MANILA The Philippines might finally bring Southeast Asia's only nuclear reactor to life, three decades after its completion.
Rust and dust cover the interior of the nuclear power plant on the Bataan Peninsula, west of the capital city of Manila. Unused fuel rods are stored on the floor by the reactor. There is an antiquated phone in the control room, intended to serve as a direct line to the president in an emergency.
Though still technically maintained, the facility has deteriorated markedly. It is now a curiousity visited by about 6,000 students and guests yearly. A supervisor there said the plant is located 18 meters above sea level and therefore at no risk of a tsunami, unlike the Fukushima Daiichi reactors in Japan that suffered a catastrophic meltdown in 2011.
With high prices and unstable supply, the Philippines' energy sector remains a headache for the government. President Rodrigo Duterte has shown, from time to time, an interest in the idle plant, and Congress is considering a bill to create a nuclear regulatory body.
The Philippines plans to spend 8 trillion pesos ($154 billion) on infrastructure projects by 2022.
Then-leader Ferdinand Marcos ordered the construction of the Bataan plant in 1976, a few years after the 1973-74 Arab oil embargo set off an energy crisis. The contract was awarded to the American company Westinghouse. But after the dictator's ouster and the Chernobyl disaster in the Soviet Union in 1986, the government shuttered the facility before it ever came online. The government finished repaying its $2.3 billion debt for what amounted to a useless relic only in 2007.
Russia has recently been urging Manila to reevaluate the plant, however. About 20 experts from state-run Rosatom made a discreet visit to Bataan in October, and spent nearly a month inspecting every corner of the facility.
The Russians concluded that the Bataan plant can be made operational with $3 billion to $4 billion in repairs, according to a report submitted to Philippine authorities. They proposed steps for securing the money, drafting regulations and training technicians in the field. They also urged the Philippines to consider building more nuclear plants.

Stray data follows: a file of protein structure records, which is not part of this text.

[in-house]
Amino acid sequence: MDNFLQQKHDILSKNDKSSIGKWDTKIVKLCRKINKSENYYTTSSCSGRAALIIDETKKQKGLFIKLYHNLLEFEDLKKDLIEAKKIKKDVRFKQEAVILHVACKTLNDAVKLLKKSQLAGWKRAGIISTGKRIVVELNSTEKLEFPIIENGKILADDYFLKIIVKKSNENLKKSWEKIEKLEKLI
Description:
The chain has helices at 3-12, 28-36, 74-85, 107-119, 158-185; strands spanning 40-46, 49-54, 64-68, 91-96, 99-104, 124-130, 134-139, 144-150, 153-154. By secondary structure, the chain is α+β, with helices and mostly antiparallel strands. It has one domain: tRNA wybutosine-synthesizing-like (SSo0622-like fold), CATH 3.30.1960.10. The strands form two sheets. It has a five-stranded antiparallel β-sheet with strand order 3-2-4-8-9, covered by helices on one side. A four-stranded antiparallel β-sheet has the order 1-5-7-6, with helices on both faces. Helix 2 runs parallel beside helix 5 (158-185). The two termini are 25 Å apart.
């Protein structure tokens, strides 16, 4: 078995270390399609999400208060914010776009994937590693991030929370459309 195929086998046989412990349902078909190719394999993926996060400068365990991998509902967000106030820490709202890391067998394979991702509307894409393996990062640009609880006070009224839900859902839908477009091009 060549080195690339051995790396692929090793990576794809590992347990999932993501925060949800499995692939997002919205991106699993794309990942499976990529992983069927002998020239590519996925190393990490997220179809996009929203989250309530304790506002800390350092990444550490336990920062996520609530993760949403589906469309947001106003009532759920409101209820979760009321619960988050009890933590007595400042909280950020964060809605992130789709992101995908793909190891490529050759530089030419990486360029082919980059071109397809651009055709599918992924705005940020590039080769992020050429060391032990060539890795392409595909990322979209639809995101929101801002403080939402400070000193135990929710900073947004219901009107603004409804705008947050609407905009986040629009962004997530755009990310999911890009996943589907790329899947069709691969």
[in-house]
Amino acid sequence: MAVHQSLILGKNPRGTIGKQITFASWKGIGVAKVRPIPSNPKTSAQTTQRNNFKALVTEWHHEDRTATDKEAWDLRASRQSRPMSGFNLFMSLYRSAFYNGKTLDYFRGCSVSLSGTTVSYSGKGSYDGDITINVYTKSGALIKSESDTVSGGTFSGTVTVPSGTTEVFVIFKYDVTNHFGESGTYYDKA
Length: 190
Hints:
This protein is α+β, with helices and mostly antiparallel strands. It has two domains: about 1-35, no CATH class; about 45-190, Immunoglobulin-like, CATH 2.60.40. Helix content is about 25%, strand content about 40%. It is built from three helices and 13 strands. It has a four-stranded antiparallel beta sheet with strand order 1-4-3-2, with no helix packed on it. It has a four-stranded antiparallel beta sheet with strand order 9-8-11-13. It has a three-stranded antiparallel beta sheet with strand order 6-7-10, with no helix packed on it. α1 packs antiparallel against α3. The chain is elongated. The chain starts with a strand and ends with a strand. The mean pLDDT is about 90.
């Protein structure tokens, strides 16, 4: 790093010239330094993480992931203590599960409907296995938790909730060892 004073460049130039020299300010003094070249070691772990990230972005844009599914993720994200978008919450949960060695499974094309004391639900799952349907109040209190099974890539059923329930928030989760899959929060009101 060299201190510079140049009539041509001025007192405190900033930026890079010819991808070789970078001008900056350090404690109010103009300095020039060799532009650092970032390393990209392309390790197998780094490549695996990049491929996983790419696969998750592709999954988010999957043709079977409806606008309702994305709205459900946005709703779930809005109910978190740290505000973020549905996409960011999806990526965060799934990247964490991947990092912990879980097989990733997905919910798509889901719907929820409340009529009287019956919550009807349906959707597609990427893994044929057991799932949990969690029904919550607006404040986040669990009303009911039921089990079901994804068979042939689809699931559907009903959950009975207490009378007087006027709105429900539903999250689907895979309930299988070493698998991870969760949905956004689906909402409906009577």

To drive the message home, Russian Prime Minister Dmitry Medvedev met with Duterte in Manila in November. He also attended a signing ceremony for a technical cooperation agreement, which covers a possible rehabilitation of the Bataan plant, between Rosatom and the Philippine Department of Energy.
Russia has more than 20 foreign orders for nuclear reactors that are scheduled for construction in India and the Middle East, according to the World Nuclear Association and other sources.
The Russians had a contract with Vietnam before the host country canceled the project in 2016. A reactor in the Philippines could help them make up lost ground in Asia.
The two countries still have limited diplomatic and economic ties, but are quickly warming to each other under Duterte. Just in 2017, Russian warships made three port calls in the Philippines, and the Philippines received 5,000 assault rifles from Russia. Cooperation on nuclear reactors would take bilateral ties one step further.
The Philippines began considering nuclear power under strong U.S. influence in the Cold War era. The countries signed a nuclear cooperation agreement in 1955 that eventually led to the construction of the Bataan plant under Marcos, whose regime was long backed by Washington. But the agreement expired before it could be renewed.
Duterte's frosty attitude to the U.S. has strained bilateral ties, and Washington has been relegated to observer status in current developments. Meanwhile, Russia is creating a foothold in Southeast Asia to bolster arms exports and to counter U.S. influence in the region. Duterte is expected to decide by the end of the year whether he will revive the Bataan plant.